Saturday, December 26, 2009

The Heroine Completes Her Hero's Journey

Fifth post on Pride and Prejudice.

Just when Elizabeth Bennet feels attraction to Darcy and he seems to return her regard, she learns from her sister Jane's letter that Lydia has run off with Wickham, and her world falls apart. This event is without doubt the ordeal every hero must face. Lydia represents the shadow, who acts on the base innermost desires inside of everyone. Certainly for a Regency Miss, the desire to thwart the very tightly corseted society demanded of every woman with any pretense to gentility, must have been a very strong hidden dream.

It is often hard by today's standards where the individual is judged by their actions to understand how one sister's moral failure tarred her siblings, but that is how society used to view women, and not so terribly long ago. Lydia's indiscretion affected the matrimonial chances of all of her sisters. If Colonel Foster and Elizabeth's father and uncle did not take immediate action to find Lydia and force Wickham to marry her, the whole family would be smeared with her shame (as would Colonel Foster, with whom Lizzy was staying). None of the Bennet sisters would have made good marriages. Elizabeth knows this and feels guilty for not having disclosed Wickham's character. A promise to Darcy stopped her. Luckily, the couple is found, and they marry.

The visit of the newlyweds to the wife's family is, in turn, hilarious and disgusting. Their arrival begins the journey back from the wilderness Elizabeth has been in on her journey to find love. Lydia is unrepentant, still careless and oblivious of anyone but herself. while many sixteen-year-olds share these characteristics, most are not so totally ignorant, most know right from wrong. Perhaps Mrs. Bennet's behavior had an undue influence on Lydia; after all, Lydia was her favorite. But if that is so, why did her influence not affect Jane and Elizabeth, who are both clearly humiliated by Lydia's actions and behavior? Lydia, during her visit, forgets a promise and tells Elizabeth that Darcy was at the wedding.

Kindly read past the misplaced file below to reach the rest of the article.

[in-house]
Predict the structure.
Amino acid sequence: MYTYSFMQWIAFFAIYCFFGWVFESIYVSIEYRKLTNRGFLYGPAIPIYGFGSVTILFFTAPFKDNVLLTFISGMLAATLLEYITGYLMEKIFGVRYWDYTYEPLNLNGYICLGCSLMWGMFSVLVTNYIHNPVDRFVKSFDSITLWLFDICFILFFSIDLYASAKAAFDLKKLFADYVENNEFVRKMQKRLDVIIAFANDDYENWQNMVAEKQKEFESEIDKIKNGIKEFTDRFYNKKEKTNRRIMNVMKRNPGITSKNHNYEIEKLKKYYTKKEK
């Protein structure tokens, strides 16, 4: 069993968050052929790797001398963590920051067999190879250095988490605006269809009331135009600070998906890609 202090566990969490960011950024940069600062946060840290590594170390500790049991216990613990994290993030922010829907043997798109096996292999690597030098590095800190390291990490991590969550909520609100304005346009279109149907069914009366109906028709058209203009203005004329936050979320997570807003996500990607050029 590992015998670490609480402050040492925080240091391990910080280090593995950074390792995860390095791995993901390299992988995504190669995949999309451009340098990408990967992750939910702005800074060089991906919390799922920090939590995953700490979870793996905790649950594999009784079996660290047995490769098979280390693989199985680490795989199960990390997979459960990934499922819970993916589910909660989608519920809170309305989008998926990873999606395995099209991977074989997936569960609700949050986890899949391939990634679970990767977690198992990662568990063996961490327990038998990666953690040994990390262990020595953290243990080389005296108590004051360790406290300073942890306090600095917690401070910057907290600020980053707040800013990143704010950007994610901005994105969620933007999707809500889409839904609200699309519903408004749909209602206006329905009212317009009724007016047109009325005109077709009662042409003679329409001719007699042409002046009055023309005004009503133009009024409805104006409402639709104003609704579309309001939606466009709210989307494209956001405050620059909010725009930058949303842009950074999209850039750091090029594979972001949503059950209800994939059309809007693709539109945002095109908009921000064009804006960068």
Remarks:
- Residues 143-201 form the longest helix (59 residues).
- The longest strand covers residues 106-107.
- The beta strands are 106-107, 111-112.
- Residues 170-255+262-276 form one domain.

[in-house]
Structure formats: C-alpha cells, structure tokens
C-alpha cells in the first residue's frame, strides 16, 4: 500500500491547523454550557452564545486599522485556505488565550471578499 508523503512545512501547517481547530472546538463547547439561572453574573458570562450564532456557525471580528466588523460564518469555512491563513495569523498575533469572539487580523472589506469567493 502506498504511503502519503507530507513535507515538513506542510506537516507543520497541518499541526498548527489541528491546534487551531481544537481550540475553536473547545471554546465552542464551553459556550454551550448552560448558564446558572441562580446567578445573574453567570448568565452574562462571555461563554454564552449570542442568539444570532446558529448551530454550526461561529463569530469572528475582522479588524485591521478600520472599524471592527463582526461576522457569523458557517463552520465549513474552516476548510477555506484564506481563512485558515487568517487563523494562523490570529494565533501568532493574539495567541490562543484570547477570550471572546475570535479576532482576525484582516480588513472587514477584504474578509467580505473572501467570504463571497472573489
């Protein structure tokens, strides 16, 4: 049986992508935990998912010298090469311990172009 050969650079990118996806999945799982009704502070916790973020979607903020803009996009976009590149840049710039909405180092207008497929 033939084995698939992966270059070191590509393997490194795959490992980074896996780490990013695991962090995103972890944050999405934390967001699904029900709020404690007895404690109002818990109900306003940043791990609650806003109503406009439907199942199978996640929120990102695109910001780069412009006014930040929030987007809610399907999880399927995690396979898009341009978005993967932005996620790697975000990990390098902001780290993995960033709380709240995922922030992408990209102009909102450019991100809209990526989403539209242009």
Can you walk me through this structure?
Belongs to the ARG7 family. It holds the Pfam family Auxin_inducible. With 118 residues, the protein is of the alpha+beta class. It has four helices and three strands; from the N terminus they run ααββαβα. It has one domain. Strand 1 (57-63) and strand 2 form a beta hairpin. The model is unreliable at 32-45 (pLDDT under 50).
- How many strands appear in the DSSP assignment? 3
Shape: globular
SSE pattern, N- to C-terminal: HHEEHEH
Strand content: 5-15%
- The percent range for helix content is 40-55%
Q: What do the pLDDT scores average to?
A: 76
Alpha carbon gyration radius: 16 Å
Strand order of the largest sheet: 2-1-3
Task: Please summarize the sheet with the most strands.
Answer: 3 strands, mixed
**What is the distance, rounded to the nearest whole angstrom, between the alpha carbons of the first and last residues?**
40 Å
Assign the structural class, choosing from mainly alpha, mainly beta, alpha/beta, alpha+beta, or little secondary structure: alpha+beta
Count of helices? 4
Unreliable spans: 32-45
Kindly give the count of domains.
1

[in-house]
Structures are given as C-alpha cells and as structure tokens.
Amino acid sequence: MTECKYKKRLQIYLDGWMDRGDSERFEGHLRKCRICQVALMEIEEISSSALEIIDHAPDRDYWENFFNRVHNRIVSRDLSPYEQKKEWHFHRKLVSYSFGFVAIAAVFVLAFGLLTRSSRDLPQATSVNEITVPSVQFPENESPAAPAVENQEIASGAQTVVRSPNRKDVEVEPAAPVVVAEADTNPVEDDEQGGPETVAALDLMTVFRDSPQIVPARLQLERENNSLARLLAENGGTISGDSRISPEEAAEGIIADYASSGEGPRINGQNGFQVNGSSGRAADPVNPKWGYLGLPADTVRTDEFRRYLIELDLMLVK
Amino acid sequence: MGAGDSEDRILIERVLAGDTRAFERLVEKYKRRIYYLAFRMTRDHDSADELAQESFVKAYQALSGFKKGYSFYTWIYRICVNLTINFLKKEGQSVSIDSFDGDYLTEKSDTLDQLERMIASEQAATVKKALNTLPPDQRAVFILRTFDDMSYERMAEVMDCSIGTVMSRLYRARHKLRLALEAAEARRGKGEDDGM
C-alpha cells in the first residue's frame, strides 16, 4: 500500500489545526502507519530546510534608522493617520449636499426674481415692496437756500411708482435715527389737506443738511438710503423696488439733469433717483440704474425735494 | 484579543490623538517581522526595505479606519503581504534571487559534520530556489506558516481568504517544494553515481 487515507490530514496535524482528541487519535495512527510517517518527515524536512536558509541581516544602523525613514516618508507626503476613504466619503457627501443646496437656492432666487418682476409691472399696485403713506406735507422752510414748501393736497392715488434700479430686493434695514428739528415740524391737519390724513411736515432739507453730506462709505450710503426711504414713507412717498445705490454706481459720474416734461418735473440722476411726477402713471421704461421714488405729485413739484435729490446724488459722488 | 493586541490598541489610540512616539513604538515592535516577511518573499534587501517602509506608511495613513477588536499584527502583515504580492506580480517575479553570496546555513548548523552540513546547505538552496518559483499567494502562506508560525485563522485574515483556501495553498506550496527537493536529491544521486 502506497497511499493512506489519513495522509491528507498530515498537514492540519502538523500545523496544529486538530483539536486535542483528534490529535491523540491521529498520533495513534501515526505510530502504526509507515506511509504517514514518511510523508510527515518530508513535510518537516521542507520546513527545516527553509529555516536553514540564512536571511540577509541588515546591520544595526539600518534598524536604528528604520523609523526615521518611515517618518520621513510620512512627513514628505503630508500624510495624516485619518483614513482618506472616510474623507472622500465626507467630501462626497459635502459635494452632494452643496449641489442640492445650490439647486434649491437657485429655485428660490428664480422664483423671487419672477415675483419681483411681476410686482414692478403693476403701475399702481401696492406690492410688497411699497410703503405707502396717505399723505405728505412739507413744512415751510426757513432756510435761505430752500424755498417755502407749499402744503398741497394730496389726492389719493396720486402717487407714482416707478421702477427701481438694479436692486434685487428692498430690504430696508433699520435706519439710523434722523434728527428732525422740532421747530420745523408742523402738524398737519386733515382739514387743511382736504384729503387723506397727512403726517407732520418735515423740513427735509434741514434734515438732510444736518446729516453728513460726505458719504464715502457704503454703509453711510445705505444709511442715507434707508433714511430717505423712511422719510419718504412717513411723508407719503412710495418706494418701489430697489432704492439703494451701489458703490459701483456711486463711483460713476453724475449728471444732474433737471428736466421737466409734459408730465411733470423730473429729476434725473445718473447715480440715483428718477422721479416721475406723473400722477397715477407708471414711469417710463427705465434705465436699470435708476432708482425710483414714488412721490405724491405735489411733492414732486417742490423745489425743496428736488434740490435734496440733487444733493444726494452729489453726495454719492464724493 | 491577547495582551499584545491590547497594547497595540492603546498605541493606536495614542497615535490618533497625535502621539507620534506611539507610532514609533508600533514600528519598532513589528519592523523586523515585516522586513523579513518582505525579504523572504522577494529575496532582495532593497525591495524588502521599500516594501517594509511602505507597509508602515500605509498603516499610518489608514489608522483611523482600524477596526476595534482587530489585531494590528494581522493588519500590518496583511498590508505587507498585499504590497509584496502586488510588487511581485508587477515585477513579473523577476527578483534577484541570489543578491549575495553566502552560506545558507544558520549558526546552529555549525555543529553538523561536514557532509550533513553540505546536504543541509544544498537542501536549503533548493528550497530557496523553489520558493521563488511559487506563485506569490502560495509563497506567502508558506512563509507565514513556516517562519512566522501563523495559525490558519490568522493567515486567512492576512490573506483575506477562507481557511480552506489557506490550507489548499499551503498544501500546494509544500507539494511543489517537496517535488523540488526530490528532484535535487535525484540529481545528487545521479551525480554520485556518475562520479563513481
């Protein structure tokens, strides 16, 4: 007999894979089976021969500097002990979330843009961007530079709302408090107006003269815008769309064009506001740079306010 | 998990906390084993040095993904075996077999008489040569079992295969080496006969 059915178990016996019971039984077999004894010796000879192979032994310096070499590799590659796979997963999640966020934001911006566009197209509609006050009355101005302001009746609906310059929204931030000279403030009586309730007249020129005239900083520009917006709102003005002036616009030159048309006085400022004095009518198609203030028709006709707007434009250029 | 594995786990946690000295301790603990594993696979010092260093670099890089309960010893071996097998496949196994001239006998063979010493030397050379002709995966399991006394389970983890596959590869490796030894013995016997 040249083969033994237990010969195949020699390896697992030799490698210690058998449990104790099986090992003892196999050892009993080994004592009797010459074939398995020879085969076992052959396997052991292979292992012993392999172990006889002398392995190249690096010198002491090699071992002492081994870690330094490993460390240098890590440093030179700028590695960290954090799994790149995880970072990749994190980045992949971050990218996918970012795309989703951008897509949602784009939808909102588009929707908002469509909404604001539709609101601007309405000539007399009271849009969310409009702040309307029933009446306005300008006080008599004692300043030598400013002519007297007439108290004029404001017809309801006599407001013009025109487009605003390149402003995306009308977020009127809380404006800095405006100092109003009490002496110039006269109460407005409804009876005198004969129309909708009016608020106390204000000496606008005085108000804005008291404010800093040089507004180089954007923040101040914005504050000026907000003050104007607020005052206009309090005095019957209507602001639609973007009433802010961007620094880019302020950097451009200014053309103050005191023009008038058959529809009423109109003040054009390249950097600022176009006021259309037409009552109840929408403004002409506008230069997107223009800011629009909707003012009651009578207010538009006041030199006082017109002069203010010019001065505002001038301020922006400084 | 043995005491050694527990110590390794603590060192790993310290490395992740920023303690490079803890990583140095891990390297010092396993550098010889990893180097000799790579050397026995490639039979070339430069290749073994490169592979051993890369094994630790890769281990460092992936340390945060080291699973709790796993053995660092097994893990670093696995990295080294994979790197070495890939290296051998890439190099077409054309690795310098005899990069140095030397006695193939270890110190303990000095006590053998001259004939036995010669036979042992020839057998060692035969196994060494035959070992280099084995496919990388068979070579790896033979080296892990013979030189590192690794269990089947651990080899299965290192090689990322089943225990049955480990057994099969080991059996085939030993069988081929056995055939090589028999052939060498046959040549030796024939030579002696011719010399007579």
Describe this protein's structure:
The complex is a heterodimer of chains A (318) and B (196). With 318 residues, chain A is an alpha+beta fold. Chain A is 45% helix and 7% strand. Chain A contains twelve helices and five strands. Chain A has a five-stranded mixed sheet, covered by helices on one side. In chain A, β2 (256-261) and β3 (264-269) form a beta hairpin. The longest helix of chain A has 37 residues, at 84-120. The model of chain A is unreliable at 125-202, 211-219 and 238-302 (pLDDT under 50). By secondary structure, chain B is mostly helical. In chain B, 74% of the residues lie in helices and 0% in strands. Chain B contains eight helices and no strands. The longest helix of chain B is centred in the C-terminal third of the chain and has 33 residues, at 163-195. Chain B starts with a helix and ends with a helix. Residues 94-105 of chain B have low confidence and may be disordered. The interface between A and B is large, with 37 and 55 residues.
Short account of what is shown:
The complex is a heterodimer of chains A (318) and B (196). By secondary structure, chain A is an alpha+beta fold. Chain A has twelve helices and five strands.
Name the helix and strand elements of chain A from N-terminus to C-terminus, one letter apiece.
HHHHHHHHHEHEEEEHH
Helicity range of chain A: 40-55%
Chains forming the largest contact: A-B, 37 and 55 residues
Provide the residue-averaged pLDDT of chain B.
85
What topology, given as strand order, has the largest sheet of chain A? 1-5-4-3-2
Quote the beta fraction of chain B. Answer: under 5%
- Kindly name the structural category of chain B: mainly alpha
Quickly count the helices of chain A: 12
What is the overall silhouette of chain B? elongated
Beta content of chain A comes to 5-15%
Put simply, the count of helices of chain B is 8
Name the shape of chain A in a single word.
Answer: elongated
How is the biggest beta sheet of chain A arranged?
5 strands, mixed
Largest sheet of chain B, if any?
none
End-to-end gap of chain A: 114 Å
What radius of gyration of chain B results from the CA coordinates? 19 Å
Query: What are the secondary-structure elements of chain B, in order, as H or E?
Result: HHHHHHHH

This information drives Elizabeth to find the truth of Darcy's involvement in forcing Wickham to marry Lydia and save the family's reputation. When Darcy visits, he is distant, throwing Elizabeth into a flurry of self-doubt. His intervening with Bingley brings Jane her happiness, but Elizabeth doubts any man would offer again after the refusal she gave Darcy. Before Elizabeth can finish her journey, she must face more gatekeepers. One comes in the form of a letter from Mr. Collins to her father, and Elizabeth must dissemble to her father. The other is the more formidable ordeal in the visit from Lady Catherine de Bourgh, who demands Elizabeth's promise not to marry Darcy. Here Elizabeth proves true to her journey's lessons and faces rudeness and hostility with calmness and honesty. It is not long after this visit that Darcy returns to Longbourne. When Elizabeth faces him with her thanks and gratitude, she earns her heart's desire. Mr. Darcy renews his pledge of love and desire that Elizabeth should become his wife.

The last minor ordeal Elizabeth faces is telling her family she has won the prize, the elixir of life, marriage with Darcy, that her quest sought. Both she and Darcy are changed people, both have found love in their choice of mate, and as true of many journeys, Elizabeth will not return home, but begin a new life as a woman married to an affluent man.

I hope these few posts on Pride and Prejudice have shown how the Hero's Journey has worked through this story. I am a true believer that stories are tied to our individual psychologies and our own paths along the Mythic Hero's Journey.

The five posts on Lizzy's journey:


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